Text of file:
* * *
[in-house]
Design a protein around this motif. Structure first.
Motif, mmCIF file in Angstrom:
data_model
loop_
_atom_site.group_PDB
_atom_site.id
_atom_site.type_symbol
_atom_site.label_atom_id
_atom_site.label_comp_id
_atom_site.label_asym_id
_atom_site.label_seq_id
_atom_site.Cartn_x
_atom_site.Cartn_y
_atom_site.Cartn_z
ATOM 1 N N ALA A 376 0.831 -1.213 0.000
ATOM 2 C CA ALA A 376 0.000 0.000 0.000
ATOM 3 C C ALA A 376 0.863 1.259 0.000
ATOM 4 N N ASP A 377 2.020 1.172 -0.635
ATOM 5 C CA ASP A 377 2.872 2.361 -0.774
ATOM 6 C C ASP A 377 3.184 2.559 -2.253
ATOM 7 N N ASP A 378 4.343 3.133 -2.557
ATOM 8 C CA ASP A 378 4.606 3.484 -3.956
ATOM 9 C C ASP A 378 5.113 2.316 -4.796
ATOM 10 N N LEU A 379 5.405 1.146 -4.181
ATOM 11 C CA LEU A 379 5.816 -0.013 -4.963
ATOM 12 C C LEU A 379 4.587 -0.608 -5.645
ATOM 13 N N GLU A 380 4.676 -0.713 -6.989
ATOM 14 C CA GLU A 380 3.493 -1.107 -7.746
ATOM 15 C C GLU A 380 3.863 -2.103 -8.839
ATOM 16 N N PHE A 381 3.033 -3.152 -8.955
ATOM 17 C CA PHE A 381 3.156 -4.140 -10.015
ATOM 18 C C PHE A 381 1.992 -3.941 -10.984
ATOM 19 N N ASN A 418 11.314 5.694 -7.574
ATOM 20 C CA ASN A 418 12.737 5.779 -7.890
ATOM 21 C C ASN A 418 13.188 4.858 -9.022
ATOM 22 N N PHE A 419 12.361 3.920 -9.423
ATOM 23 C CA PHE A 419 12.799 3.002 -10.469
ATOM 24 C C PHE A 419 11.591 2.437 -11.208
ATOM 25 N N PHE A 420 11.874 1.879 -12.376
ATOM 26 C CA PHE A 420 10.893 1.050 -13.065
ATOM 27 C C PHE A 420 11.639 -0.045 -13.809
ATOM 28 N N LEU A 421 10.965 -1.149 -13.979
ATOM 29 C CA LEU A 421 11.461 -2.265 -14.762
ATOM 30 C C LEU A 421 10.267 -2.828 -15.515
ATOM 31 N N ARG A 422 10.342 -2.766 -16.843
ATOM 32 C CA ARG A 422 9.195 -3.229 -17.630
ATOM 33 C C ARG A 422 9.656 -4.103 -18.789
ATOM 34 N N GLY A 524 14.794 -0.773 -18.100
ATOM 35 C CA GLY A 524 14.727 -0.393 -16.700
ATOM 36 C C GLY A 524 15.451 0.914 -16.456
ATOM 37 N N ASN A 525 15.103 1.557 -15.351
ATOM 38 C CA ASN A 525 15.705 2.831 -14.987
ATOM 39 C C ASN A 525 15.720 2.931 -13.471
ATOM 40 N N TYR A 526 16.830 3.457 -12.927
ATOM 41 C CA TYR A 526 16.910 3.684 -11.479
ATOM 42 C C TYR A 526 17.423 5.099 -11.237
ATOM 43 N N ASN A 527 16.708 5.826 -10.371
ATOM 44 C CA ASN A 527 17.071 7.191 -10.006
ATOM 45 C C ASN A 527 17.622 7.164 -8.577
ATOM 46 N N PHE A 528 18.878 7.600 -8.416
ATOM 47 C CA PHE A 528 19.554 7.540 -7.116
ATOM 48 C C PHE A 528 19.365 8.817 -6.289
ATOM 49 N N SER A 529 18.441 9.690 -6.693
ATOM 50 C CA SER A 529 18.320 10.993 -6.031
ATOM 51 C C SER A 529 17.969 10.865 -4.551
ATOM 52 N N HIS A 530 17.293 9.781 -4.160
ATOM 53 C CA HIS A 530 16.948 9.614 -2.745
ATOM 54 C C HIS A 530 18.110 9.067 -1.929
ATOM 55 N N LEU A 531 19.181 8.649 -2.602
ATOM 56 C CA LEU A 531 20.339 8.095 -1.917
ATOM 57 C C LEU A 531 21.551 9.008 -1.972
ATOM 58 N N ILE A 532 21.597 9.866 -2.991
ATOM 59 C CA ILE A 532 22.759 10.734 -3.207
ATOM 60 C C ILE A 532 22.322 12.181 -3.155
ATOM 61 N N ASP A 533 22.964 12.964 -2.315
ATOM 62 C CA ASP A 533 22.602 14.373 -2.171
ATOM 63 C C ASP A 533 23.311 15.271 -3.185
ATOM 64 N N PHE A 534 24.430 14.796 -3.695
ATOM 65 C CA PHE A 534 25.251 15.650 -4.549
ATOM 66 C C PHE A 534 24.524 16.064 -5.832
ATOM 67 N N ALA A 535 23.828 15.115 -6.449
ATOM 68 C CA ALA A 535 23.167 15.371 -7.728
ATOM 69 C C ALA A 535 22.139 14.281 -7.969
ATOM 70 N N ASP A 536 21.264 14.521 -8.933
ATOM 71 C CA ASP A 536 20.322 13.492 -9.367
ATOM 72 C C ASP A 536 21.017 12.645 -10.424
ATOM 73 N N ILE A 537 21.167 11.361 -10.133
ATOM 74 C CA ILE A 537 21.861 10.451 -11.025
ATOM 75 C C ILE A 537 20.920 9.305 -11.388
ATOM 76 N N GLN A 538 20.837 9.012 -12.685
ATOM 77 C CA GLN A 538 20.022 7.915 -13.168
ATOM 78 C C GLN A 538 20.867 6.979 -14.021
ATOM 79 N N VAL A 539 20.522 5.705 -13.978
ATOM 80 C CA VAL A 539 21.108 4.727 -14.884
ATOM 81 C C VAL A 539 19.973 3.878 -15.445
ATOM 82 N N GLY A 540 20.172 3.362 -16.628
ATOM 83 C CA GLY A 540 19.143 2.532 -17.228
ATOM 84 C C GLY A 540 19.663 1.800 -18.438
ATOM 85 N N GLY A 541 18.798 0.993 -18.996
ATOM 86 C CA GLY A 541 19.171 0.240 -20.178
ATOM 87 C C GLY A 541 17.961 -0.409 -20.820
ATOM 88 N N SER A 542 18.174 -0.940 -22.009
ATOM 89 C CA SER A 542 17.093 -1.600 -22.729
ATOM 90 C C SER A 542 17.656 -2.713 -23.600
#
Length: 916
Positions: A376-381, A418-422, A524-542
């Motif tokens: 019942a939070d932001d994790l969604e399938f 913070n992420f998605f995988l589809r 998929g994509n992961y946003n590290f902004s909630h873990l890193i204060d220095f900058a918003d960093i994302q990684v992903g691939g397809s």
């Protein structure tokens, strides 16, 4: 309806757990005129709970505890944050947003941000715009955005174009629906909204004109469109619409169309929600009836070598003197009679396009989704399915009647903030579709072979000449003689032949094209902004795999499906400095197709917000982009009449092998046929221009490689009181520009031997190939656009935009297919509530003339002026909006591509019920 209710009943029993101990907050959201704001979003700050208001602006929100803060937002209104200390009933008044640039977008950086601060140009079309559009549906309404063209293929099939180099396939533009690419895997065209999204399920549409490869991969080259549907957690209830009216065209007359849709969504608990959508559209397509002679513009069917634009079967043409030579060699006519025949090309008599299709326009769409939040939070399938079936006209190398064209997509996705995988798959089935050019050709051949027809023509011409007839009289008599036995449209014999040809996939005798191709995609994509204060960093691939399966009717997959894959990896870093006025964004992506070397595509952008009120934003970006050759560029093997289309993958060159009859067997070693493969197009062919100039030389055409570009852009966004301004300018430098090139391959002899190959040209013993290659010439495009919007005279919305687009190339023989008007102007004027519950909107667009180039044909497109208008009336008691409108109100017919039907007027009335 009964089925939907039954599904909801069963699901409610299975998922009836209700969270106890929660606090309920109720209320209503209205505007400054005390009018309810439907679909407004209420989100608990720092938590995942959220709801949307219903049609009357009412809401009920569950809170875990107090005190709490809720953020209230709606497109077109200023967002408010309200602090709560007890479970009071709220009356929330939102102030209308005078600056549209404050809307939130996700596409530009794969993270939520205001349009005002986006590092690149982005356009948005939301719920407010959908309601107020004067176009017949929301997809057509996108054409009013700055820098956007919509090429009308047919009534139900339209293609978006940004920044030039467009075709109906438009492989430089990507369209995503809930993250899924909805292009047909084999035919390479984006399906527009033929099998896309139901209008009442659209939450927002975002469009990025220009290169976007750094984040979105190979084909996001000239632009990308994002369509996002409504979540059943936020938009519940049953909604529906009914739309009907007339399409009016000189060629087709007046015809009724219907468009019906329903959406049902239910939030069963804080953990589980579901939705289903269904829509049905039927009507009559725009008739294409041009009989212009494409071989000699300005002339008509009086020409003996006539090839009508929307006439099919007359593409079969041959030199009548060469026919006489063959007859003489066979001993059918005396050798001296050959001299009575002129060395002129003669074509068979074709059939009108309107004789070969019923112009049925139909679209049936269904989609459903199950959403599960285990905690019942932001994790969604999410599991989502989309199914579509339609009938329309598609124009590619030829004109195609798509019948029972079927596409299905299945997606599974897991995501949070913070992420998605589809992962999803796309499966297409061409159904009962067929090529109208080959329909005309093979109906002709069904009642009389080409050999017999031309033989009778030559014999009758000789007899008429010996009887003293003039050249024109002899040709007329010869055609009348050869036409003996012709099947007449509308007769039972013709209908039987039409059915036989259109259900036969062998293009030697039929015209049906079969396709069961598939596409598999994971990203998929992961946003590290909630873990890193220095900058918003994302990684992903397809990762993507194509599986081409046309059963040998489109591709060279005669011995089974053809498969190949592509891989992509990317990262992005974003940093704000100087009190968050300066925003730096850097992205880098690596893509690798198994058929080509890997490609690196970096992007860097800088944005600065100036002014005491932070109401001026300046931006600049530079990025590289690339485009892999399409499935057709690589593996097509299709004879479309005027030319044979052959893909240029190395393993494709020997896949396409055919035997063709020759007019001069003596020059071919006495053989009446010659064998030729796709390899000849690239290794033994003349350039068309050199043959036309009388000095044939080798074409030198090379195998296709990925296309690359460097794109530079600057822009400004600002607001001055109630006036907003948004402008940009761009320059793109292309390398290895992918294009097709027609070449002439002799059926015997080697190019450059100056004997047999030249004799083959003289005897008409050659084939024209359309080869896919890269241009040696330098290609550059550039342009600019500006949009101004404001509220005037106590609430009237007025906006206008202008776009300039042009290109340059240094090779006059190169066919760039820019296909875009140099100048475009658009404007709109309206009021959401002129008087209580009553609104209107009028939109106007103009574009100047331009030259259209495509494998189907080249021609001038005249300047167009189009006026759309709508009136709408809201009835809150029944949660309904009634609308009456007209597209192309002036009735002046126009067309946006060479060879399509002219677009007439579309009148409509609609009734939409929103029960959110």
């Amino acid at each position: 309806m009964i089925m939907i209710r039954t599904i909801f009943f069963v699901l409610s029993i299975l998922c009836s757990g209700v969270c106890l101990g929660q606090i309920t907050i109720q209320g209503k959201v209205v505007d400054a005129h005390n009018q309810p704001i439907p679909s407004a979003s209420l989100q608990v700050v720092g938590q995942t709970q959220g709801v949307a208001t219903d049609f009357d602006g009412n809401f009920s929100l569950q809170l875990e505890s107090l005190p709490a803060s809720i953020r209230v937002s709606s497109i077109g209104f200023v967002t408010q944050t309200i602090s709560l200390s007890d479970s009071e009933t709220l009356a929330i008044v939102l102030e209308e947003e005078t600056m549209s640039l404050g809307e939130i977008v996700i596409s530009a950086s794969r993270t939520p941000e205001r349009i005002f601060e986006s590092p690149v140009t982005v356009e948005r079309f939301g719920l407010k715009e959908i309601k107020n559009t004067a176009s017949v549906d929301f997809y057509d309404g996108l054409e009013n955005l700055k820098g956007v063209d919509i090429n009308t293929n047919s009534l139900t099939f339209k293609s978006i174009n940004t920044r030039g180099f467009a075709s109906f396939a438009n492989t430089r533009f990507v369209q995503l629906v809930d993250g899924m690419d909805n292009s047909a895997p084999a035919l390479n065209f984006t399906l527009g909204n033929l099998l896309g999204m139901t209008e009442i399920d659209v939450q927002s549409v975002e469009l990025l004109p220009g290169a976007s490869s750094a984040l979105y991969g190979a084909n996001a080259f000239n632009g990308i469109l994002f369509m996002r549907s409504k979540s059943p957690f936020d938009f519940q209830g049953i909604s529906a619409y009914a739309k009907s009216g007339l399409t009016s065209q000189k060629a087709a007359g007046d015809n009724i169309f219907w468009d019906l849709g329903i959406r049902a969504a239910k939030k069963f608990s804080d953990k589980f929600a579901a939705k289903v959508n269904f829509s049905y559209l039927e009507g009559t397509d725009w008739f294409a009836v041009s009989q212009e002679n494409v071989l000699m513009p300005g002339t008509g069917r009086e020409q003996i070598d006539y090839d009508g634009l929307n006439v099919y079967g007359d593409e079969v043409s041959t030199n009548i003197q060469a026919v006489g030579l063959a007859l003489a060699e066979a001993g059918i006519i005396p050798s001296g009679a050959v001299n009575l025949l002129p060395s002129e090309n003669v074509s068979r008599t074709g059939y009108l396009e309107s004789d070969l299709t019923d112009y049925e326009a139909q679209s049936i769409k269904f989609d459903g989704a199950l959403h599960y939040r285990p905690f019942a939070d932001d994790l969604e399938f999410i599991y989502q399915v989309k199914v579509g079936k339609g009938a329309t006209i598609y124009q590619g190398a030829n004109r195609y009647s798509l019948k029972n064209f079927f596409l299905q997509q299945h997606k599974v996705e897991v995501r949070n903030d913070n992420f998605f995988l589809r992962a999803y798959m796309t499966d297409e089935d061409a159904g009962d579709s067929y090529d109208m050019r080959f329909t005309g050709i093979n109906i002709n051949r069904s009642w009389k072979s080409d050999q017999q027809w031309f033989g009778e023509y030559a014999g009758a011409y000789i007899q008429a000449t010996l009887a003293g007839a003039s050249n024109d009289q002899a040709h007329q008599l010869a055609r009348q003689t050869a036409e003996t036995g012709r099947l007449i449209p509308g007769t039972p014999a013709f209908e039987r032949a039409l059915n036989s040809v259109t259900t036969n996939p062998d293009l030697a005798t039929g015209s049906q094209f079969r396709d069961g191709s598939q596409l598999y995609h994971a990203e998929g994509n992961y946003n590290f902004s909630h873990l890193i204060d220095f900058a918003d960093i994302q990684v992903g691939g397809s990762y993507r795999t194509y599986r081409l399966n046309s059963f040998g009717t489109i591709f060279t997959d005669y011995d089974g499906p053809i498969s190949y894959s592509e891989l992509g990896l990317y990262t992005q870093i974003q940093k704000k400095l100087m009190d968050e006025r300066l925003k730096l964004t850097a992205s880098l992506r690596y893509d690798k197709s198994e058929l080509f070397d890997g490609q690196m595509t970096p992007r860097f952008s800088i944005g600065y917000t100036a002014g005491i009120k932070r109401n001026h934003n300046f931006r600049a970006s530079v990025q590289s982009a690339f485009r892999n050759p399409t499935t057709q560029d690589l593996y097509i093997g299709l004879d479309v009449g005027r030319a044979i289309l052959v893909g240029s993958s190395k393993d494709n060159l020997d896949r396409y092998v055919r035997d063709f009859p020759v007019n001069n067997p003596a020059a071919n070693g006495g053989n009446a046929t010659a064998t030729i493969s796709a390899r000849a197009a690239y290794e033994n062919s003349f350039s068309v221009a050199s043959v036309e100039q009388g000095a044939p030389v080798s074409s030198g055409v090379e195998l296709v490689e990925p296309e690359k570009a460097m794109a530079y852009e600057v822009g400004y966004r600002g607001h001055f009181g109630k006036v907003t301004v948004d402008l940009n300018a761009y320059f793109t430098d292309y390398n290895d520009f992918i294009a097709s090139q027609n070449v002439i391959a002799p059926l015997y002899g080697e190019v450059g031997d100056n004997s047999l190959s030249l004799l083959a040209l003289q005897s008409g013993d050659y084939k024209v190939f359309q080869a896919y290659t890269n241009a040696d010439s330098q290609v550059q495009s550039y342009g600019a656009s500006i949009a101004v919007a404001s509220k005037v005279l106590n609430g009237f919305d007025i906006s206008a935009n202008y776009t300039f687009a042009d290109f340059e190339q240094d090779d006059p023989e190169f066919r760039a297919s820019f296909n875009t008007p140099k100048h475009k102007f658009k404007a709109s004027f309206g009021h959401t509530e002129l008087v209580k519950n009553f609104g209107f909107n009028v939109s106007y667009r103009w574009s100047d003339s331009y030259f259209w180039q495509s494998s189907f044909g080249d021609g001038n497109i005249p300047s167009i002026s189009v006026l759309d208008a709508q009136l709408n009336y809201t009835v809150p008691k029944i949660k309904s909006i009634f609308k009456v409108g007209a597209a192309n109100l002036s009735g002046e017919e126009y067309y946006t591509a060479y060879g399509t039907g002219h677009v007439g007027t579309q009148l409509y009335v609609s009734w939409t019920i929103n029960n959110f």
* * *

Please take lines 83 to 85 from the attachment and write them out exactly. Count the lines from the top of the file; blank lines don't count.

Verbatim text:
ATOM 68 C CA ALA A 535 23.167 15.371 -7.728
ATOM 69 C C ALA A 535 22.139 14.281 -7.969
ATOM 70 N N ASP A 536 21.264 14.521 -8.933